I am calling this a weakness because, as I mentioned, this script is very much in the vein of a survival story of people ill-equipped to deal with the danger of the aliens (granted, the colonial marines really were no match for them either, but at least they were better prepared than the crew of the Nostromo). So really, as much as I wanted to get to the planet’s surface I realize that this portion of the story just can’t be very long; even the most heavily armed and grizzled of space marines couldn’t last long on an entire planet of these monsters. Furthermore, in a script such as this one, you need to become emotionally invested in the characters; I think that is required for this film (or any like it) to be successful. In that respect (and IMHO), the characters of Alien Planet came off less like the crew of the Nostromo, and more like the inmates of Fury 161. While the former were varied and interesting, the latter seemed like carbon copies of a single character: a white bald guy with a British accent (Charles S. Dutton not withstanding).
Getting into just what Ripley and the other crew members find on the surface, I don’t want to reveal spoilers, but I did find it very exciting that some of the Alien mythos that appeared in the first film, only to be ignored by the sequels, makes a prominent return in this script. I won’t say anymore, but you hardcore Alien fans may guess what I’m referring to. It was a nice development and one long overdue.
It’s obvious that Kunnel is a big fan of the franchise, and he has crafted a story that really attempts to do right by what’s come before and the character of Ellen Ripley in particular. I think that while it could benefit from continued work on character development and such, this script is a valiant effort that brings the Alien franchise full circle. I just wonder if it will fly with producers wanting to compete with comic book superheroes, giant fucking robots fighting each other, and explosion-a-minute action flicks, any and all of which seem to be the order of the day in Hollywood.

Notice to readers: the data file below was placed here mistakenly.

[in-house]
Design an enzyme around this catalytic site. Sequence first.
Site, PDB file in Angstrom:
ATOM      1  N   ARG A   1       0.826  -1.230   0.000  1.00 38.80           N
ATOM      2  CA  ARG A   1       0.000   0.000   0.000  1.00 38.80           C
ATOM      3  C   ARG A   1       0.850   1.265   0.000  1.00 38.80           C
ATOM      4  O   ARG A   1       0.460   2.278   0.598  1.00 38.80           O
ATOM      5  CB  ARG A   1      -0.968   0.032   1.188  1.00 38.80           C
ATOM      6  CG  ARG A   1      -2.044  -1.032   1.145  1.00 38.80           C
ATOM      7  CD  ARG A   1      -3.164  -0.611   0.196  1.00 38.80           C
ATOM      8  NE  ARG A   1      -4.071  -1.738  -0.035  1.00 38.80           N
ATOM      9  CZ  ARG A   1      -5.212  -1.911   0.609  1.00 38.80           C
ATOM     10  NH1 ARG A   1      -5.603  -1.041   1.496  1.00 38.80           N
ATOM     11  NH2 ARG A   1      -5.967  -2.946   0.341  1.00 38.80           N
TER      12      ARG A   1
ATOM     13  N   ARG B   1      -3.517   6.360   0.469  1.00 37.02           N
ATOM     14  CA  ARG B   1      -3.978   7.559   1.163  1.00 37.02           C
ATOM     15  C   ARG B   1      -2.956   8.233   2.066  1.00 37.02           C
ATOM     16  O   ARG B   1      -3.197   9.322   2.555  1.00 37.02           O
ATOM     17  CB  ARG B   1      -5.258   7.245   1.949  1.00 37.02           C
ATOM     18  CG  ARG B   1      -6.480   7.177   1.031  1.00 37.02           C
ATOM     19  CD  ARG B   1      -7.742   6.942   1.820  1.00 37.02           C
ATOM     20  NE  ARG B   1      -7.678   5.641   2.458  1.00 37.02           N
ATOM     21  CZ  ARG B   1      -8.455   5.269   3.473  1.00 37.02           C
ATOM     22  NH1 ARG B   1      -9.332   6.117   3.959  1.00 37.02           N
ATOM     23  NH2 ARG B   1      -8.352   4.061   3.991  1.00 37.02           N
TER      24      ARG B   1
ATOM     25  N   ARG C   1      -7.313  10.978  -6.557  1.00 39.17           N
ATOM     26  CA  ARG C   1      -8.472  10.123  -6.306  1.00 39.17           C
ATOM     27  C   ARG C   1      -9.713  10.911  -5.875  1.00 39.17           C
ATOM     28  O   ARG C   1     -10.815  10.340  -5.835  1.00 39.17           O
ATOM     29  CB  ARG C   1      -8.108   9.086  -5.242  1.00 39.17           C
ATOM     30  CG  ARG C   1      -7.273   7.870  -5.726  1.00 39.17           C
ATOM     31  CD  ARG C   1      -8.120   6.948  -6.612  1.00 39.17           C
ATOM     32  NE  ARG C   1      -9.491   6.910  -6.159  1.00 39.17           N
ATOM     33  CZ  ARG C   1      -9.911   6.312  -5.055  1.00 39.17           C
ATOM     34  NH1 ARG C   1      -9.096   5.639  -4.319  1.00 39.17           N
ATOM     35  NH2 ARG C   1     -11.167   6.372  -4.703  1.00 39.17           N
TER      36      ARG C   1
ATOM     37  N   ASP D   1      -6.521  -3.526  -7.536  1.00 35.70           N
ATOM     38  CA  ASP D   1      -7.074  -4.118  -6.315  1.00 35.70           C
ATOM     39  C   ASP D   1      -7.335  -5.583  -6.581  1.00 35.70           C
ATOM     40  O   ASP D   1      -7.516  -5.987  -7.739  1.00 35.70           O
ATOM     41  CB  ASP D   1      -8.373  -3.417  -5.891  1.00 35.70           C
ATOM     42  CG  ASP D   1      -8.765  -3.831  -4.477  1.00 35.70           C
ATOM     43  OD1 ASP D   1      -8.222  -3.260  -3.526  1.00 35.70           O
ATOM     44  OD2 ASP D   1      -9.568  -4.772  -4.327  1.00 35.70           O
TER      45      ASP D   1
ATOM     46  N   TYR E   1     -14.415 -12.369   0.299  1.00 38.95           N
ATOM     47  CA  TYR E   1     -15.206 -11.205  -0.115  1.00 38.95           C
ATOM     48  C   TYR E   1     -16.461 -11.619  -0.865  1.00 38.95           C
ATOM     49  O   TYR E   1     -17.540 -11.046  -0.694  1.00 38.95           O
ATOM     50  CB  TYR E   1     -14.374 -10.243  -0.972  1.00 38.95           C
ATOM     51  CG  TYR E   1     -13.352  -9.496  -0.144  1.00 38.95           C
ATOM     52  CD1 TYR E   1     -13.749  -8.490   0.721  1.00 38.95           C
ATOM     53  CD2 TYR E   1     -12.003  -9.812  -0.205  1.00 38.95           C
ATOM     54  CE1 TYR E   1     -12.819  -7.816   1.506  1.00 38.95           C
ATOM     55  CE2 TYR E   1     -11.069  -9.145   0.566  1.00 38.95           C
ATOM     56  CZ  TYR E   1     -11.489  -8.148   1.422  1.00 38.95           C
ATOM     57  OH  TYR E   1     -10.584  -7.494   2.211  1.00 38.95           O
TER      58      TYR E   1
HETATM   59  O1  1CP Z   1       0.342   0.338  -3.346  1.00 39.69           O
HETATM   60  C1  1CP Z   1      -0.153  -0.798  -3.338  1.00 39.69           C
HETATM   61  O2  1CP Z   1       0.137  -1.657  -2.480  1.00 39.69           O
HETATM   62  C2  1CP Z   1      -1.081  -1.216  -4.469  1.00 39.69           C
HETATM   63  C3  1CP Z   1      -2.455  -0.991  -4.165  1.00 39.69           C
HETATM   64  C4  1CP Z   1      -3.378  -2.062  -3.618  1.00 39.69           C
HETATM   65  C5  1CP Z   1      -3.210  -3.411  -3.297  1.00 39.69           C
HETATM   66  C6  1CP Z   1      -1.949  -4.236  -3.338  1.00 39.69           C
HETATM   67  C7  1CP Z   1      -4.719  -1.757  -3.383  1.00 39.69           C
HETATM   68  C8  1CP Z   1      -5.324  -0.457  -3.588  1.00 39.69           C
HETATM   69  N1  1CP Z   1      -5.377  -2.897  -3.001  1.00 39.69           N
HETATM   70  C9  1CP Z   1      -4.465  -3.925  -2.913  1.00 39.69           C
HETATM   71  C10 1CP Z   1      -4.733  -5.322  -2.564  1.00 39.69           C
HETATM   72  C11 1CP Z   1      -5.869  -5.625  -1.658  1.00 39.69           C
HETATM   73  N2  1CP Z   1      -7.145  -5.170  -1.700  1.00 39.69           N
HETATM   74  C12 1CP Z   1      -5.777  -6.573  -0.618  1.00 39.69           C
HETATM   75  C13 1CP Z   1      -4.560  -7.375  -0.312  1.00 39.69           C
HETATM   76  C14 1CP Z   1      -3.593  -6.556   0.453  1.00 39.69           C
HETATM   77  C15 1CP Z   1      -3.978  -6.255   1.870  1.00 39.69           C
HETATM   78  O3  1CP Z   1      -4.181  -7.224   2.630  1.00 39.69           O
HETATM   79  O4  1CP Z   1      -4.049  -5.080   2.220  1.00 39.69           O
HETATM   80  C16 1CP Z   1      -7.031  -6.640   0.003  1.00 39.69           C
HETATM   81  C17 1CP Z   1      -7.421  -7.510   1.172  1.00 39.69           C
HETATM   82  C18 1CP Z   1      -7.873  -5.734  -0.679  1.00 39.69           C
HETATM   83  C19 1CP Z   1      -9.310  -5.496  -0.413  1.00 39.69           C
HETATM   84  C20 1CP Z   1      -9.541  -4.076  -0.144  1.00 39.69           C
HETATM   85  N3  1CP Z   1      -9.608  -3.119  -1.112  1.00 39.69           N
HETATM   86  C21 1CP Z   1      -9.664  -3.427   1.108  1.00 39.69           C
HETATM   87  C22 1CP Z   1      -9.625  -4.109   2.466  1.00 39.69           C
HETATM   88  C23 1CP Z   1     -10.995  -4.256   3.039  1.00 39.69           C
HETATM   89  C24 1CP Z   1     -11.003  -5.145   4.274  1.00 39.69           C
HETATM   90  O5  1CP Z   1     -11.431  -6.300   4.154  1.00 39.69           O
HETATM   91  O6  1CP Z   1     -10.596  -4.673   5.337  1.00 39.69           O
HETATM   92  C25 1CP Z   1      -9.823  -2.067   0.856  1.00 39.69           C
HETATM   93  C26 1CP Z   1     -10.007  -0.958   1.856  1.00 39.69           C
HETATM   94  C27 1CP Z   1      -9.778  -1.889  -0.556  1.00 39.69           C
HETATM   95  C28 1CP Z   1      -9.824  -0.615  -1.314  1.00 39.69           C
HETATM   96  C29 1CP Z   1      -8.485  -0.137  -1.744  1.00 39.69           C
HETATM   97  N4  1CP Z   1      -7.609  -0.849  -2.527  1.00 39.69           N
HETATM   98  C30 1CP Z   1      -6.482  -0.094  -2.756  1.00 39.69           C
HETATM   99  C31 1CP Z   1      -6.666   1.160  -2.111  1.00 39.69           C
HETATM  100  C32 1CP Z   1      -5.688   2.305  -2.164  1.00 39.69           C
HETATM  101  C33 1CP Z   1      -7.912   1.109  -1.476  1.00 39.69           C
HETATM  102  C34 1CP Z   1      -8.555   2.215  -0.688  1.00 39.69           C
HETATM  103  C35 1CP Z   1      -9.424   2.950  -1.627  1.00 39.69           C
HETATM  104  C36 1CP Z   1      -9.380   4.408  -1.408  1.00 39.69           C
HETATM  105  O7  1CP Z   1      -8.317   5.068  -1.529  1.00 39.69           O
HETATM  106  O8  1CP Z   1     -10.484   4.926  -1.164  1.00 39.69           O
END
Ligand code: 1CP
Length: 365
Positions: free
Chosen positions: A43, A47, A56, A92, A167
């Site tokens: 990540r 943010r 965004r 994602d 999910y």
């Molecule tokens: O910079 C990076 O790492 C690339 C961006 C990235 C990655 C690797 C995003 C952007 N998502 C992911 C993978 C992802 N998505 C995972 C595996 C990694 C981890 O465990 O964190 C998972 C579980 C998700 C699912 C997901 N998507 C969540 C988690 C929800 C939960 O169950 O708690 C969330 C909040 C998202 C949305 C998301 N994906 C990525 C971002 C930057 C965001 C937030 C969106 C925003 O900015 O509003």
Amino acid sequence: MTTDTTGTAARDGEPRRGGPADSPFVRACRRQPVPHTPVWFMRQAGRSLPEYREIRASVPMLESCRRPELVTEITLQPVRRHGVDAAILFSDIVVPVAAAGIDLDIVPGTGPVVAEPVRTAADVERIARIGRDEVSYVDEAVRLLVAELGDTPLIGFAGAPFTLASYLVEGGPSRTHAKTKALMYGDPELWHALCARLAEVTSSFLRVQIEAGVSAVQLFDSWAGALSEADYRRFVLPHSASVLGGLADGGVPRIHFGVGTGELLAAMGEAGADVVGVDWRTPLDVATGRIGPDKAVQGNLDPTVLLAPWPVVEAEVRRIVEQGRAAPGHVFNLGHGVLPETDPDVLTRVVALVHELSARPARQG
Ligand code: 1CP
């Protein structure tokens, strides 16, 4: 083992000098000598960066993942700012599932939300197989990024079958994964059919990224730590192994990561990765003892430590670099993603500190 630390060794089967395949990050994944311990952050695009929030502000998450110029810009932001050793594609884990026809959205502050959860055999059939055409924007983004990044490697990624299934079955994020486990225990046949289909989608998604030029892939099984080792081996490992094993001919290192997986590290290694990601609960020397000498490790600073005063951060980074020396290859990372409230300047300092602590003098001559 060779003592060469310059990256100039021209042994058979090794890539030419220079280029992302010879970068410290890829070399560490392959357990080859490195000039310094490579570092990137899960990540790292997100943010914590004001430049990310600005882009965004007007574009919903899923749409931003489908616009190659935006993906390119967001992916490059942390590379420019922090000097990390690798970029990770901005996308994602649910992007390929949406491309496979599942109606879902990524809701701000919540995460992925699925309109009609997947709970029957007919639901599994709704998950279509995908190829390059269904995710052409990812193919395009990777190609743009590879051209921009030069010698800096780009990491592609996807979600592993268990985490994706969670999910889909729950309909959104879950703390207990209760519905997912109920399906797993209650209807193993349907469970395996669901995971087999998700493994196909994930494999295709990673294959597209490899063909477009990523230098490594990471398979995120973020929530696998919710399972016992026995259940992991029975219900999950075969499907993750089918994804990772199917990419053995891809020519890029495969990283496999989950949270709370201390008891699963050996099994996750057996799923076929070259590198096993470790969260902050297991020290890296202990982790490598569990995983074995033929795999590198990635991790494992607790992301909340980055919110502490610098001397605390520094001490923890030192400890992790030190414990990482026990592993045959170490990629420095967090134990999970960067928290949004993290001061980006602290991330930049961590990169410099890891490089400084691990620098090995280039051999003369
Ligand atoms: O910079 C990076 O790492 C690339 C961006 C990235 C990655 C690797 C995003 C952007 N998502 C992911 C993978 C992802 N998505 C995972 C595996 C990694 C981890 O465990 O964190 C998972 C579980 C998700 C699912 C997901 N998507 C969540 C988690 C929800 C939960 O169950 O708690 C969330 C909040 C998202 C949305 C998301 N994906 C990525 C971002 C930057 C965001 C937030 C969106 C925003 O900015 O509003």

On a penultimate note, Kunnel has communicated his hope to me that Alien Planet will be “the first real 3-D horror film,” something that goes beyond the shtick of My Bloody Valentine or even Jaws 3D (a reference for you older readers). Of his vision for this he’s said, “Imagine it as a 3-D movie. Not only a 2-D movie in 3-D, but a new way to follow a character, to create certain imagery and a filmic language that’s defined through space and geography.” Now I’ll be honest, I had a hard time imagining how this would actually be realized in the theater. If you’re raising a quizzical eyebrow as well, you may want to check out his essay on the future of 3-D filmmaking. There seems to be a great deal of potential here, and whether this script is ever produced or not I find his ideas regarding 3-D incredibly interesting.
Finally, an obvious question is why give what amounts to fan fiction (if I’m brutally honest) this kind of attention, especially when it has been confirmed that a revisiting of the Alien franchise will come in the form of a prequel from Ridley Scott’s own production company? Well, why not? First off, the idea of an Alien prequel is incredibly worrisome. Remember the last time a celebrated director returned with a prequel to a famous, 20-year-old sci-fi franchise? Yeah, I for one do not have high hopes for this project. And while there are fans out there of Alien: Resurrection, the uncertain future for Ripley’s character never really felt right to me. This upcoming prequel may be really good. Maybe. But in the event that it’s just another big-budget, CGI effects-laden clunker, at least you can say you read about this cool script for a proposed final chapter to the saga of Ellen Ripley written by someone who truly cares about her story.
As a special bonus, check out storyboard pieces and a concept drawing by Timothee de Place, as well as a larger view of the Alien Planet poster by Jacob Kunnel below in our gallery!